Get a certified-refurbished Ring Video Doorbell 2 with chime for $99 – CNET


If you like (home security) then you should put a Ring on it.

Chris Monroe/CNET

This is an update of a deal from just a few days ago, one that sold out quickly. The price is a bit higher, but the overall deal is actually a bit better.

In these days of porch piracy run amok, it’s probably a good idea to install an outdoor security camera. You can get alerts of deliveries, unexpected activity and potentially even criminals at work.

I’ve long been intrigued by the Ring option, but less enthusiastic about the $200 price tag. Thankfully, it just got a lot more affordable: For a limited time, and while supplies last, Amazon has the certified-refurbished Ring Video Doorbell 2 with Ring Chime for $99. The previous deal was for a used Ring, no Chime, for $70.

While that used one had cosmetic blemishes and a mere 90-day warranty, this one is “refurbished, tested, and certified to look and work like new,” and it comes with “the same limited warranty as a new device.” That warranty is good for one year, FYI, and includes lifetime theft protection: If it gets stolen, Ring will replace it free.

Like all good doorbells, the Ring offers live video feeds, motion alerts, two-way voice communication and a rechargeable, removable battery pack. It can also be hardwired. The Chime (normally a $30 add-on) is a great accessory, as it lets you actually hear the doorbell when it’s pressed, rather than just relying on your phone or tablet to notify you.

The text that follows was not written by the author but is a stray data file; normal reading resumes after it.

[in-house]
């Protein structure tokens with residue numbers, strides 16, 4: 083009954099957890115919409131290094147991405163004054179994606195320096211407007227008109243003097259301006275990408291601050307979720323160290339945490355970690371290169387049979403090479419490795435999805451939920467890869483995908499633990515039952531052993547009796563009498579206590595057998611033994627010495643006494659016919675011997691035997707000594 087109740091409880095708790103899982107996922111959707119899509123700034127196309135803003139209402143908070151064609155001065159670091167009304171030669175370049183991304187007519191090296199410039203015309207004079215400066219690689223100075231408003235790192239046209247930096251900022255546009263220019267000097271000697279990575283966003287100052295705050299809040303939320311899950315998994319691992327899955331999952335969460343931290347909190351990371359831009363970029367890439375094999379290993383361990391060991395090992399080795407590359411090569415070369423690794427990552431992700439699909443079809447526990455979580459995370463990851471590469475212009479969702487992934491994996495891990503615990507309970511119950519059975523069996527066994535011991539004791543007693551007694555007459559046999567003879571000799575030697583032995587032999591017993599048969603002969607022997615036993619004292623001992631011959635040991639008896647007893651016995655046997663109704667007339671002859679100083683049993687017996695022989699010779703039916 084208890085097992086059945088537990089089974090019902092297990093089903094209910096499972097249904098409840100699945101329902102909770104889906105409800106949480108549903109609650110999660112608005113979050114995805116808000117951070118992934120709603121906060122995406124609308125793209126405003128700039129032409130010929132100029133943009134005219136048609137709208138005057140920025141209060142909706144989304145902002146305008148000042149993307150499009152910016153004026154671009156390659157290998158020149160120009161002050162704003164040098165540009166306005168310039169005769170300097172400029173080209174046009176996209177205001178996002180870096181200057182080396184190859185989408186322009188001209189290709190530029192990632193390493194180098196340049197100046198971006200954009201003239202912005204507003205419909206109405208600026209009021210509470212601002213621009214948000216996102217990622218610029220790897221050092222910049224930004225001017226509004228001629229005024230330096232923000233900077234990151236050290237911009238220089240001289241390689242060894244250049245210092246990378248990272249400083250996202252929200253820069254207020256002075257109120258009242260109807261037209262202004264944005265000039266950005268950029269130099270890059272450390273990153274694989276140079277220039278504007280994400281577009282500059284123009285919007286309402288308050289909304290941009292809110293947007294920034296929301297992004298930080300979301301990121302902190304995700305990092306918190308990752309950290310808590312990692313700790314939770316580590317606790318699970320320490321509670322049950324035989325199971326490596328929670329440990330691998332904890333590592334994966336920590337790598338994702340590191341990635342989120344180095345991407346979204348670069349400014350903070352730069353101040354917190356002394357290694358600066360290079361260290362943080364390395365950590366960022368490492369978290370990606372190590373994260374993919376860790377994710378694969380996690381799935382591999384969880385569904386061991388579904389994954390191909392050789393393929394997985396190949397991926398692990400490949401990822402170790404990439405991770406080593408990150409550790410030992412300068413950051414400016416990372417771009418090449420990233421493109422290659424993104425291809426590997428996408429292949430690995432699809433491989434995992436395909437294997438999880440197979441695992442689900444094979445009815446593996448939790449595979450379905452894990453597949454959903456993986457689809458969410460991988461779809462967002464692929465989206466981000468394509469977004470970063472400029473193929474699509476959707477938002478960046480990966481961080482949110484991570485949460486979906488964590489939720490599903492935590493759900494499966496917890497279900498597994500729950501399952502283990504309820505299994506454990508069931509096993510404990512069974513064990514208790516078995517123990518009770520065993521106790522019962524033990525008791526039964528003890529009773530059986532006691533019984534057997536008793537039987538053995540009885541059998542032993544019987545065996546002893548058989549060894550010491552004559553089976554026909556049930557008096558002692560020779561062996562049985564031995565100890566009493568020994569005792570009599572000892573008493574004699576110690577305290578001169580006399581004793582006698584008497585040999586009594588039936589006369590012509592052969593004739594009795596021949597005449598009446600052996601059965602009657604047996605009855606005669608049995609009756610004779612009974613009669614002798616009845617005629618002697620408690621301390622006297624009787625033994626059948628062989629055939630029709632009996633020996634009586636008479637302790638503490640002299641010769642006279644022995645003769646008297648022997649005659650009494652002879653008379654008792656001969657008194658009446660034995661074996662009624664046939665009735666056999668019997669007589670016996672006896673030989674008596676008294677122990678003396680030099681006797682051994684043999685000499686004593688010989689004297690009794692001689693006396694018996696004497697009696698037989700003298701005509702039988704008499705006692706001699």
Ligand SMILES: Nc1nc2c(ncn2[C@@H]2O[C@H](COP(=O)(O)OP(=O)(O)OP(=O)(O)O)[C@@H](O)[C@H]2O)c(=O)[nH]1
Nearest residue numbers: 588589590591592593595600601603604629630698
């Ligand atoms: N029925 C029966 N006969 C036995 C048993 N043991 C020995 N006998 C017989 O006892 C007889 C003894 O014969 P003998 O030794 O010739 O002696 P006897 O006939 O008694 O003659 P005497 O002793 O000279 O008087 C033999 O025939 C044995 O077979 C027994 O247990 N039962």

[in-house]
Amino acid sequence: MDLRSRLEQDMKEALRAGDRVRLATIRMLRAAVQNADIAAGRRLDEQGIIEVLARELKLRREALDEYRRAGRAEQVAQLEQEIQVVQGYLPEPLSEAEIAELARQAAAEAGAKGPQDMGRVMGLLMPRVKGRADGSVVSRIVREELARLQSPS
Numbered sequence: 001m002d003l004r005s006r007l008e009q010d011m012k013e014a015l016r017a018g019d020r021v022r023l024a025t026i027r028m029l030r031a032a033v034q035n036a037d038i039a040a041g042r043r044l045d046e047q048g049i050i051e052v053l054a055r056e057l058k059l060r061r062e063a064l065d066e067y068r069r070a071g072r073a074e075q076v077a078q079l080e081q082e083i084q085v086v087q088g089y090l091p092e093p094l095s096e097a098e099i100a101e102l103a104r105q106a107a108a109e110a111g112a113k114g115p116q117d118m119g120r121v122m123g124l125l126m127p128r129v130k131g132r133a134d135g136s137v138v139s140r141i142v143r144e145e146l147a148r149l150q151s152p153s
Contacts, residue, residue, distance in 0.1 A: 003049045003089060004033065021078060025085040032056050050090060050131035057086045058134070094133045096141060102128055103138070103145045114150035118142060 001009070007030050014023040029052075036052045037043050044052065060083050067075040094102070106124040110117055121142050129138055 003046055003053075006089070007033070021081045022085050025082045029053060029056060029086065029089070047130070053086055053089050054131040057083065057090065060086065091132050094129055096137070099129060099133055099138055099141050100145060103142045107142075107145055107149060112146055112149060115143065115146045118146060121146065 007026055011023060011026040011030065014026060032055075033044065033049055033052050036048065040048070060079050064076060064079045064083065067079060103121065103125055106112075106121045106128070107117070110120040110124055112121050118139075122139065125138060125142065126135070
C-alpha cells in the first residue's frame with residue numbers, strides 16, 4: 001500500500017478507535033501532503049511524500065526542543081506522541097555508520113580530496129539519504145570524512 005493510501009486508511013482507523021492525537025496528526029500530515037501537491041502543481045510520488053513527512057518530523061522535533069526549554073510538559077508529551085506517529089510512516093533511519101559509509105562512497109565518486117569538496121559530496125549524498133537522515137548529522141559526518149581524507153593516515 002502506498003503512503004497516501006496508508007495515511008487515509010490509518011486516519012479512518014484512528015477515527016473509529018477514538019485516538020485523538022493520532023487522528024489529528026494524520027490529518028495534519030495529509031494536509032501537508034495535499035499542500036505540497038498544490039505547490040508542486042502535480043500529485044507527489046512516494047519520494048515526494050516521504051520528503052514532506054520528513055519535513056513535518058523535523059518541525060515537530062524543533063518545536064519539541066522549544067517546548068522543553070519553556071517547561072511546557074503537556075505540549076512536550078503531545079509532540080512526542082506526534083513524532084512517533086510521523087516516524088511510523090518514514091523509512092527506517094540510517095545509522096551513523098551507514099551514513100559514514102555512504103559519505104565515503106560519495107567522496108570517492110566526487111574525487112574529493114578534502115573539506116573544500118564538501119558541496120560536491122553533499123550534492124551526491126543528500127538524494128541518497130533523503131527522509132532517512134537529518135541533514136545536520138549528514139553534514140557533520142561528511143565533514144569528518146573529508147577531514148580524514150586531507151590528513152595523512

Read more: How to install the Ring Video Doorbell 2  

CNET reviewed the Ring Video Doorbell 2 in 2017 and gave it 3.5 stars. That’s also the average user rating from Amazon customers. I have no hands-on experience with it, but I know what miffs many users: After the 30-day cloud-storage trial is over, the Ring stops recording video — kind of the whole point of having the thing — unless you pay for a subscription. That costs $3 per month or $30 annually, a pretty reasonable rate, or $10 per month ($100 annually) for the Protect Plus option. My two cents on the latter: Skip it. It offers little added value.

Ring also has a crowdsourcing component (via the Neighbors app) that lets you connect with other Ring owners in the area to get crime alerts, share videos and, potentially, catch crooks. However, Ring has come under fire of late for creating partnerships with over 500 police departments in the US, which some consider to have privacy implications.

I’m not going to weigh in on that, other than to say I have no qualms about using the product. Of course, there are plenty of other video doorbells to choose from, including the $99 RemoBell S, which includes a free 3-day cloud-storage option.

Note: Originally published earlier this year. Updated to reflect new sale prices or availability and with new information regarding the product itself.

Now playing: Watch this: A better battery design makes Ring’s new doorbell buzz


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